Cold shower. Water all over your basement floor. You’re familiar with the unfortunate signs that your hot water heater has called it quits (and if you aren’t, check out last week’s blog post!), but if it has survived for its expected lifespan (10-15 years), chances are you are less familiar with the hot water heaters available to today’s consumer. With more options than ever, the hot water heater market can be a confusing place to find yourself–especially after spending all morning mopping up the mess in the basement.
Firstly, consider the hot water demands of your household. Do you live alone? Do you have a small family that showers at different times of the day? Or are many people in your household rushing to shower each morning around the same time? And how frequently do you use the dishwasher and washing machine? The answers to these kinds of questions will help you decide if you can make do with a smaller capacity tank, or if it’s wise to invest in a larger one.
After considering the factors mentioned above, you can start deciding what type of water heater is right for your home.
You are probably most familiar with a Storage Tank Water Heater. It does exactly what you’d imagine. as Consumer Reports explains, “water is heated and stored until needed, then emerges from a pipe on top of the water heater.” This option is a good choice for households that have high hot water demands; the large storage tank can hold enough hot water to get everyone comfortably through their morning showers. On the other hand, this model is the least energy-efficiency choice, as water stored in the tank gradually loses heat.
A newer approach to water heaters is the Tankless Water Heater. It provides water on demand by heating it with coils and delivering it when it’s needed instead of storing it in a large tank. While this option is more energy-efficient, it’s “best for people who typically aren’t drawing water for more than one use at a time—running a shower and dishwasher simultaneously.”
Lastly, you’ll find Hybrid Heat-Pump Water Heaters. These “capture heat from the air and transfer it to the water. They use about 60 percent less energy than standard electric water heaters.” Major savings! The downsides? They can only be installed in climates that stay above 40 degrees, they require special space considerations to be properly installed, and they are more expensive up-front than the other models.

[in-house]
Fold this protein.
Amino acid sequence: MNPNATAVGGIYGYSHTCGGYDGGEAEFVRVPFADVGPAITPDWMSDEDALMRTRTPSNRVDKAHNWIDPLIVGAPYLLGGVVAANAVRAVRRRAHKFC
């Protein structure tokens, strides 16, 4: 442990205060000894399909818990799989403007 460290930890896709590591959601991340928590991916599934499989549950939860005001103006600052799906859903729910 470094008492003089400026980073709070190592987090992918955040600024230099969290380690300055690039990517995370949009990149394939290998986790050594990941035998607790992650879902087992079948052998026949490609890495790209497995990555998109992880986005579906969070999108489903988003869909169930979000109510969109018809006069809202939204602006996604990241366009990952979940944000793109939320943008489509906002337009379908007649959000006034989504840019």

Can you recall the last time you replaced your hot water heater? If not, chances are the day is approaching. Most homeowners are caught off guard when a water heater goes kaput, but there are some signs you can be alert to that will help you predict whether a water heater is on its last leg. Here are three to look out for.
Check the date your water heater was manufactured. Most water heaters last anywhere from 8 to 12 years. You can check how old your water heater is by examining its serial number. It may look nothing like a date to you, but AngiesList.com breaks down the code: “The serial number contains the date that the water heater was manufactured. But it won’t look the way a date is normally written.
Instead, the serial number will have a date code such as ‘F051052638’. F is for the month and F is the sixth letter in the alphabet, so it represents the sixth month, June. Next, the first two digits of the serial number are 05, which represents the year, 2005. So this water heater was made in June 2005. Each manufacturer has a similar date code, and they can vary; check the manufacturer’s website to learn more.”
Once you know when your water heater was manufactured, you’ll have a better idea of whether it’s nearing the end of its lifespan.
Listen closely to the sounds your water heater is making. All appliances operate with some degree of noise, but that noise should be regular, predictable, and unalarming. If you begin to hear cracks, pops, or rumbling while your water heater is in operation, that’s a bad sign.
These noises point to issues with mineral deposits and sediment building up inside of your water heater–a natural process that occurs slowly over the life of the heater. These deposits tax your water heater’s ability to run efficiently, and contribute to the weakening of the heater’s metal walls, leading to small cracks or holes that will eventually begin to leak.
Examine the hot water flowing out of your pipes. Is it rusty? Does it smell funny? Rusty water can be a sign that the inside of your hot water heater tank is rusting away, which of course means that the end of its usable life is near. But foul-smelling or cloudy water can also alert you to a hot water heater problem.
The folks at Home Depot explain, “mineral deposits travel out of the water heater and create cloudy hot water… often a metallic odor accompanies these deposits. The deposits travel to your faucets and clog the screens in the aerators slowing the flow of water.”
If you notice any of these signs, act quickly to determine whether your hot water heater needs replacing. Waiting can result in your water heater leaking quite a bit of water, which can damage other parts of your home! To get immediate plumbing services, call (856) 627-0303 or use our contact page today!
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